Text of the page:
It’s a Mobile World

IDC recently released a report with some astonishing figures on mobile workers, forecasting more than 1 billion worldwide by the end of 2010. But wait – Google took it one further, with the director of its European operations stating that desktop PCs will be “irrelevant in three years” (reported here in Read, Write, Web). And, as the same report identifies, this sentiment aligns with what Google’s CEO discussed in his keynote at Mobile World Congress, when he made it clear that a primary focus for Google going forward will be on the mobile market.

While three years seems dramatically soon for desktop PCs to disappear, it’s clear that we have reached a tipping point of sorts for advanced communications technology tools and services. There is no denying the impact VoIP has had on this explosion and its role in providing seamless, hassle-free remote access. Many work places have implemented enhanced, formal telecommuting policies and are encouraging employees to take advantage of them. A central part of this equation is unified communications.

We’ve been singing the praises of UC for quite some time, drawing attention to the practical applications and ROI of its integration aspects. For BroadSoft employees, UC was a lifeline during the recent Snowmageddon of 2010, allowing us to maintain productivity and not skip a beat over several days in which none, or few, of us were able to commute into the “office.”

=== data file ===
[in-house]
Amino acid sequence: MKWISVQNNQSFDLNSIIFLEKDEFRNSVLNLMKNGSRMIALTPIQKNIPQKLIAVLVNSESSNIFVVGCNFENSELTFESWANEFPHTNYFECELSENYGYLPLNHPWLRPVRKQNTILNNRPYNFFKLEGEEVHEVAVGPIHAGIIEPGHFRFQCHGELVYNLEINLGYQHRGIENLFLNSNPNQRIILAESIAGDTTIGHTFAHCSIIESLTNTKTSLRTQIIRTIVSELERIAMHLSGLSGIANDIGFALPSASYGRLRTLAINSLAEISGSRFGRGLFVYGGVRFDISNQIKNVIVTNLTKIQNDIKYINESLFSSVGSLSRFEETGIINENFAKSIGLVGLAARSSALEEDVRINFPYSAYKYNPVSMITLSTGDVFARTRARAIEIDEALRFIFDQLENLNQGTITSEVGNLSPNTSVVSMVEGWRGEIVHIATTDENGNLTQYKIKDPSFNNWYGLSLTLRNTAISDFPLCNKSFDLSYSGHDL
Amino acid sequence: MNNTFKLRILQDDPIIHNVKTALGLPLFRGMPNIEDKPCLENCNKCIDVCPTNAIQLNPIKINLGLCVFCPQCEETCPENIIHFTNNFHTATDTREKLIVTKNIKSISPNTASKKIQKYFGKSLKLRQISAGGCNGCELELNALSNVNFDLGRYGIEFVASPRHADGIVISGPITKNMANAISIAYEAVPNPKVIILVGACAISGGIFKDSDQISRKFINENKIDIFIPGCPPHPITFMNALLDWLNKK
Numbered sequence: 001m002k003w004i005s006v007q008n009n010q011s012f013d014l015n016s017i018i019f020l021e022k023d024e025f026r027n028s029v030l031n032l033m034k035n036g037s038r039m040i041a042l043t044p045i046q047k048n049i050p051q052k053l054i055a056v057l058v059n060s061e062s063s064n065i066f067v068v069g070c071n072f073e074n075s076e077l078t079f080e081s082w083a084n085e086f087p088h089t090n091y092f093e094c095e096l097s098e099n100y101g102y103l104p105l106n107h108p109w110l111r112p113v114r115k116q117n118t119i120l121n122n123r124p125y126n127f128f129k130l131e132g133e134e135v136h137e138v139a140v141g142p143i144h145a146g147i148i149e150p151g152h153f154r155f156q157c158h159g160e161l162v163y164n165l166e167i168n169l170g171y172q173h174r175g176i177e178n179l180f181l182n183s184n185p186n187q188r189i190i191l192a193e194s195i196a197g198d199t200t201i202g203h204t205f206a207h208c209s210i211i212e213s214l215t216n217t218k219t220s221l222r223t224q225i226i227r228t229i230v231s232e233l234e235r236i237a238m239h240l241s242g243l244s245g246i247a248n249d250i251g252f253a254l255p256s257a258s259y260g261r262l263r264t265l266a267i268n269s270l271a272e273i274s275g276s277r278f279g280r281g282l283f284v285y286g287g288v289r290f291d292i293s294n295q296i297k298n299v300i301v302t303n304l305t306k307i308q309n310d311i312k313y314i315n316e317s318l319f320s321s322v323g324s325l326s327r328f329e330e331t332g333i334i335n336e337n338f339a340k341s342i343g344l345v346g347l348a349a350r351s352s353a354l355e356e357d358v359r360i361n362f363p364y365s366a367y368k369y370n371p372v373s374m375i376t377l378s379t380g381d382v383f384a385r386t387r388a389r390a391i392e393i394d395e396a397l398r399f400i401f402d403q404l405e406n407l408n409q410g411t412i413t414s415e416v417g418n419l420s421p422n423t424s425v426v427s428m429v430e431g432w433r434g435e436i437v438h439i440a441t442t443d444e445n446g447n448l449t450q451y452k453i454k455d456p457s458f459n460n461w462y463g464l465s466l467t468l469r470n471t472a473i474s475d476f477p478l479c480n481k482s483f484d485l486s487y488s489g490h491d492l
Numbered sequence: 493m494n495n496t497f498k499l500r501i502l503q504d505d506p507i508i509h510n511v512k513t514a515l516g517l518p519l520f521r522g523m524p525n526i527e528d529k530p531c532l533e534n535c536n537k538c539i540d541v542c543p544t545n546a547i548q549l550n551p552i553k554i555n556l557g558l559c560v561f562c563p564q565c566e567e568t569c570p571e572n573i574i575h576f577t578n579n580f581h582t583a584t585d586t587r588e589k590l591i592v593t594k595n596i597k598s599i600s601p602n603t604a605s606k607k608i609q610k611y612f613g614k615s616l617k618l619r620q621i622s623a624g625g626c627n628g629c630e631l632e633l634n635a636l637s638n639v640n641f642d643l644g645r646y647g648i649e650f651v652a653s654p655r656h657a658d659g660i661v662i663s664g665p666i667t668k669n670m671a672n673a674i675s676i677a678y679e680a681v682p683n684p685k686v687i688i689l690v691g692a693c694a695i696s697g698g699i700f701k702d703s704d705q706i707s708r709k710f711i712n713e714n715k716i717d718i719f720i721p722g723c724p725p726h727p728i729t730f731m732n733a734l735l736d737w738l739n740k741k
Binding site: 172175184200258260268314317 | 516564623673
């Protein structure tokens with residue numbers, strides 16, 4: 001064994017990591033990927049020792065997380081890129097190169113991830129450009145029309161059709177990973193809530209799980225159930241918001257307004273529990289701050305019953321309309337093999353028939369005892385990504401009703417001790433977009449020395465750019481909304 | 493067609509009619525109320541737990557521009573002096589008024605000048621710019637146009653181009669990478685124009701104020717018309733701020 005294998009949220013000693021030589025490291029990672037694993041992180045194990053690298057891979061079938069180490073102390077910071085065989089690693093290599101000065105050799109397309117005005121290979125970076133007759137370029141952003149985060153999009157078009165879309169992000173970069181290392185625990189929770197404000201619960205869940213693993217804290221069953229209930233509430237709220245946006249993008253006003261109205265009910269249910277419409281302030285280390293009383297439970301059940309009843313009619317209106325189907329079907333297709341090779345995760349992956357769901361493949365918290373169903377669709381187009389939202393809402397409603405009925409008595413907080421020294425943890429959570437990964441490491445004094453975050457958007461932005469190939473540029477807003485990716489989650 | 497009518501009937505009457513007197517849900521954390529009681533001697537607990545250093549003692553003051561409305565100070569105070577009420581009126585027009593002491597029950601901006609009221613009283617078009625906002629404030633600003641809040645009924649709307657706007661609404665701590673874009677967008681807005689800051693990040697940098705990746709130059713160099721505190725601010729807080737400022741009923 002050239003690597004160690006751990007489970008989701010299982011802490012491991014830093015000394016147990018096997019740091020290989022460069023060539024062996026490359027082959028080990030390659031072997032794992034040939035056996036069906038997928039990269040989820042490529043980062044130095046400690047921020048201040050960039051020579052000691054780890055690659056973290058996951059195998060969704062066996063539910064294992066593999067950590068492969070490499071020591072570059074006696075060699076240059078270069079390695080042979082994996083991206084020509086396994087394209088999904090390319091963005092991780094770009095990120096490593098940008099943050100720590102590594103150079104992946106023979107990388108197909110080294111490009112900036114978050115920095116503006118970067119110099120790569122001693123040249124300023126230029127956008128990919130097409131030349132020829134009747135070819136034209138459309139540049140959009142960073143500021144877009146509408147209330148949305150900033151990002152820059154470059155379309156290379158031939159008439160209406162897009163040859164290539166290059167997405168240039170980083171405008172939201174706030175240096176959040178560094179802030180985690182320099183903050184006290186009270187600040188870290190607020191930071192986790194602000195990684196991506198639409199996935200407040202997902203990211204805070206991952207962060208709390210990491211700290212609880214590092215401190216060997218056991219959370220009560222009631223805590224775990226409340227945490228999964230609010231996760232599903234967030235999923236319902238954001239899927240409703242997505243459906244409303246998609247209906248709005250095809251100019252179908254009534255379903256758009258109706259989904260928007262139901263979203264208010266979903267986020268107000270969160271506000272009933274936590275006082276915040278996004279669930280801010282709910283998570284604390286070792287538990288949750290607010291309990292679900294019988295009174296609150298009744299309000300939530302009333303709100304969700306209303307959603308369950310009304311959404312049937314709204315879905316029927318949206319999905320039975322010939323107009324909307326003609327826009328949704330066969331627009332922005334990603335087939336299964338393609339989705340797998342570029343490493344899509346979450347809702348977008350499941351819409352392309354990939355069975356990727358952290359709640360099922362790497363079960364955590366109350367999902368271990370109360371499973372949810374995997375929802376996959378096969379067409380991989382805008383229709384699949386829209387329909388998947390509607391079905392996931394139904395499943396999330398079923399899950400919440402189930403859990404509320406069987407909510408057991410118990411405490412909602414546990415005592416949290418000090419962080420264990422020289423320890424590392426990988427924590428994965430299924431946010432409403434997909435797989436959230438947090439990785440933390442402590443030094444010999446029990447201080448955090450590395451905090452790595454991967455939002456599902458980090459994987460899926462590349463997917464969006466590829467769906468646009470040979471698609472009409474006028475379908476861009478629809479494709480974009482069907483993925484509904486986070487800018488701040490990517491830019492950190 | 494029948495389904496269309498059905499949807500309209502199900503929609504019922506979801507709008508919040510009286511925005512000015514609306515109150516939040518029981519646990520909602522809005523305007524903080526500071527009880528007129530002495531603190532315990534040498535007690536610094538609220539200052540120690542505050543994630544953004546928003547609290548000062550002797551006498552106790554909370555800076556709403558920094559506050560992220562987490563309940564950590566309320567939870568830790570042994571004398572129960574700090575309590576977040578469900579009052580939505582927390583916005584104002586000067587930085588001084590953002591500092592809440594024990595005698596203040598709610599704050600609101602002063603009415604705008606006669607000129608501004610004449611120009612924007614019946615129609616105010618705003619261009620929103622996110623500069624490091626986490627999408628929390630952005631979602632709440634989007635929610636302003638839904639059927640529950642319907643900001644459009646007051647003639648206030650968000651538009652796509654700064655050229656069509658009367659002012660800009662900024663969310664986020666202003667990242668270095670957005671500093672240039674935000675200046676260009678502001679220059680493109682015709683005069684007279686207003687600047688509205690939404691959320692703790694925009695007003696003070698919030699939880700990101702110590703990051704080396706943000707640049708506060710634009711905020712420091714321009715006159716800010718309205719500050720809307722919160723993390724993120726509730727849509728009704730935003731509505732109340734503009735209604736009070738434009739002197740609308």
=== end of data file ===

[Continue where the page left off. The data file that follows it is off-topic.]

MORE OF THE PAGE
As the world gets flatter and the demand to work remotely increases, we can expect to see a number of trends on the rise (besides more workers going mobile and the end of dinosaur PC’s under cubicle desks), including more businesses turning to SIP Trunking and dramatic increases in hosted UC deployments. A CDW survey, reported by TMCnet supports this, showing that many companies have already experienced increased ROI from UC.

The bottom line to all of this is that in the not too distant future, we can expect almost all businesses to offer telecommuting options, often supported by hosted UC tools and services, just as today they provide employees computers and internet access.3

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